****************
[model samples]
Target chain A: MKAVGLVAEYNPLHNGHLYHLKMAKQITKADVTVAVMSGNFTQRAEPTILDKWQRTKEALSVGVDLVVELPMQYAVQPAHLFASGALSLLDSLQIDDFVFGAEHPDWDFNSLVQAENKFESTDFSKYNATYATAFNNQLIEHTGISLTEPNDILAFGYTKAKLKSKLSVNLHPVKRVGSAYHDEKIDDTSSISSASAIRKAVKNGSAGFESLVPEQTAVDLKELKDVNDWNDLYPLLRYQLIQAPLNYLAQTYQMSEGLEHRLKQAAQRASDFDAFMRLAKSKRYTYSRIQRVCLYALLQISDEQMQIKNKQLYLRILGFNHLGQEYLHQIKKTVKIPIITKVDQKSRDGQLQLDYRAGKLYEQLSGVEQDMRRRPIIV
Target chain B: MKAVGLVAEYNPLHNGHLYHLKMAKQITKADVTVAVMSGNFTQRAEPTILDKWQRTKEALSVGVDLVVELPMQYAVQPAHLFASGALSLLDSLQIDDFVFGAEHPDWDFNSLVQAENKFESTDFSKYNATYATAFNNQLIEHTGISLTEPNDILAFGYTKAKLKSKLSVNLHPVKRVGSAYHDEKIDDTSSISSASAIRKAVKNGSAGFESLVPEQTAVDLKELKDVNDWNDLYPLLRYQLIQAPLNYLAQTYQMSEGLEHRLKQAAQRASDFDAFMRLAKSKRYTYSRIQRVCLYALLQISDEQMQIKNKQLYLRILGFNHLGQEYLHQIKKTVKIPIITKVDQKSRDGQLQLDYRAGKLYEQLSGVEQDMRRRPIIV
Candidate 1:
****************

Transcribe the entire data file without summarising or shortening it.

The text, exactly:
[model samples]
Target chain A: MKAVGLVAEYNPLHNGHLYHLKMAKQITKADVTVAVMSGNFTQRAEPTILDKWQRTKEALSVGVDLVVELPMQYAVQPAHLFASGALSLLDSLQIDDFVFGAEHPDWDFNSLVQAENKFESTDFSKYNATYATAFNNQLIEHTGISLTEPNDILAFGYTKAKLKSKLSVNLHPVKRVGSAYHDEKIDDTSSISSASAIRKAVKNGSAGFESLVPEQTAVDLKELKDVNDWNDLYPLLRYQLIQAPLNYLAQTYQMSEGLEHRLKQAAQRASDFDAFMRLAKSKRYTYSRIQRVCLYALLQISDEQMQIKNKQLYLRILGFNHLGQEYLHQIKKTVKIPIITKVDQKSRDGQLQLDYRAGKLYEQLSGVEQDMRRRPIIV
Target chain B: MKAVGLVAEYNPLHNGHLYHLKMAKQITKADVTVAVMSGNFTQRAEPTILDKWQRTKEALSVGVDLVVELPMQYAVQPAHLFASGALSLLDSLQIDDFVFGAEHPDWDFNSLVQAENKFESTDFSKYNATYATAFNNQLIEHTGISLTEPNDILAFGYTKAKLKSKLSVNLHPVKRVGSAYHDEKIDDTSSISSASAIRKAVKNGSAGFESLVPEQTAVDLKELKDVNDWNDLYPLLRYQLIQAPLNYLAQTYQMSEGLEHRLKQAAQRASDFDAFMRLAKSKRYTYSRIQRVCLYALLQISDEQMQIKNKQLYLRILGFNHLGQEYLHQIKKTVKIPIITKVDQKSRDGQLQLDYRAGKLYEQLSGVEQDMRRRPIIV
Candidate 1: